John most of what Holte (Alan) and I do is aggregate and publish news, or newsworthy items, as it is an integral part of the site. Once in a while we find the time to write our own stuff, although that is rare. Running a site like this is very time consuming. Anytime we aggregate we will link to the original source either in the body of the text or at the end. We have private agreements with several news sites that allows us to do this, as do the large sites, a la The Huffington Post and etc. In most cases when I write something I will initialize and/or put “commentary” in the title. I’m glad you enjoyed the read 🙂

      • greenlight

        December 26, 2010 at 10:32 pm

        I’ve got to echo John on this one. I know how much time you put into finding stories that would be of interest to your readers, even in cases where you haven’t added original commentary, and I know that you already credit sources as appropriate. Still, more prominently indicating where news has been aggregated from would in no way diminish this incredible house that you’ve built for our entertainment, provocation and enjoyment, but it would help to satisfy the curiosity of us stubborn readers. Just my two cents.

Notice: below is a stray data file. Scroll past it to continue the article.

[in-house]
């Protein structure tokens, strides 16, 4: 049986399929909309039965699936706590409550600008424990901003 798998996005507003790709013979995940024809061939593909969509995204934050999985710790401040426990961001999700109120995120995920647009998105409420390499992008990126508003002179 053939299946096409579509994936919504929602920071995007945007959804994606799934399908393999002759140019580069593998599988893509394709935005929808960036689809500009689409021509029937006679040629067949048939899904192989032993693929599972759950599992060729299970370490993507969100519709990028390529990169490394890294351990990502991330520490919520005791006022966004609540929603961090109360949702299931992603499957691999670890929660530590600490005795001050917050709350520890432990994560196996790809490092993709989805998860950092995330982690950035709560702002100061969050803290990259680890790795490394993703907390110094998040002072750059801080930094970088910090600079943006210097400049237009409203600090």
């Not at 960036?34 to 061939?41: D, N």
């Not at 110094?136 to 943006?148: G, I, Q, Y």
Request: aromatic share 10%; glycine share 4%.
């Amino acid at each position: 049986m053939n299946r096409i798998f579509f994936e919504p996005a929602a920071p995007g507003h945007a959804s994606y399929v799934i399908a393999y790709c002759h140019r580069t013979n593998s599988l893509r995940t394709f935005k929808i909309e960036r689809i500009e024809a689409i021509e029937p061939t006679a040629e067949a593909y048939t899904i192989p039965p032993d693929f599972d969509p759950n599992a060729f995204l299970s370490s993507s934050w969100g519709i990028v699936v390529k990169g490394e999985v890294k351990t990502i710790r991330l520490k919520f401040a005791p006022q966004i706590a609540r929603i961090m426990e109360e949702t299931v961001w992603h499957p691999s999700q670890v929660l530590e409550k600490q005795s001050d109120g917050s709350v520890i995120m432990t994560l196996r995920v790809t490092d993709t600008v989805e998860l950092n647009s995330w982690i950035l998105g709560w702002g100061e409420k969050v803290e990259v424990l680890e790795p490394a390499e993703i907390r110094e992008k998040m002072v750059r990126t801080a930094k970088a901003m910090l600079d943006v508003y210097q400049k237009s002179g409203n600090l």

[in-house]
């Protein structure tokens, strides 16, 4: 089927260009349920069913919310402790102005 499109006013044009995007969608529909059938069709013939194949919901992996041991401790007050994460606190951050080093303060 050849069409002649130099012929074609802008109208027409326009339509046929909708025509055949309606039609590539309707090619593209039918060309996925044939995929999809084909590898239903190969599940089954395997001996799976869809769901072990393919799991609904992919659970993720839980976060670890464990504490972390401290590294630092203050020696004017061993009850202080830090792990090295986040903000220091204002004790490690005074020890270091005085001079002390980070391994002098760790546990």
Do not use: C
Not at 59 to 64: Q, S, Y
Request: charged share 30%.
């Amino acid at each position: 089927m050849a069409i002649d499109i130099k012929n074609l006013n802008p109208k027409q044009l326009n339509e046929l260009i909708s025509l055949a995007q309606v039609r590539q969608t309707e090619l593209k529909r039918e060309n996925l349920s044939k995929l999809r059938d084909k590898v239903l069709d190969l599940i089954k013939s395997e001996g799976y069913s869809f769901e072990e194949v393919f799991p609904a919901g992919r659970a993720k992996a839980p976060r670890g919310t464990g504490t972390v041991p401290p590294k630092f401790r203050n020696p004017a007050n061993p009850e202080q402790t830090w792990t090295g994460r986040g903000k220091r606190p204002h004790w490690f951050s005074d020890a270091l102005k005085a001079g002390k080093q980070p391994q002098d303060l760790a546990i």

That said, thanks for providing the explanation of how you typically credit sources–and indeed, this article was a great read! It has always bothered me that the country turned away Cuba’s help with Katrina… I know the politics of it, but that doesn’t make it right. I continue to hold that our ultimate check on moral action should be the question of what alleviates versus causes suffering.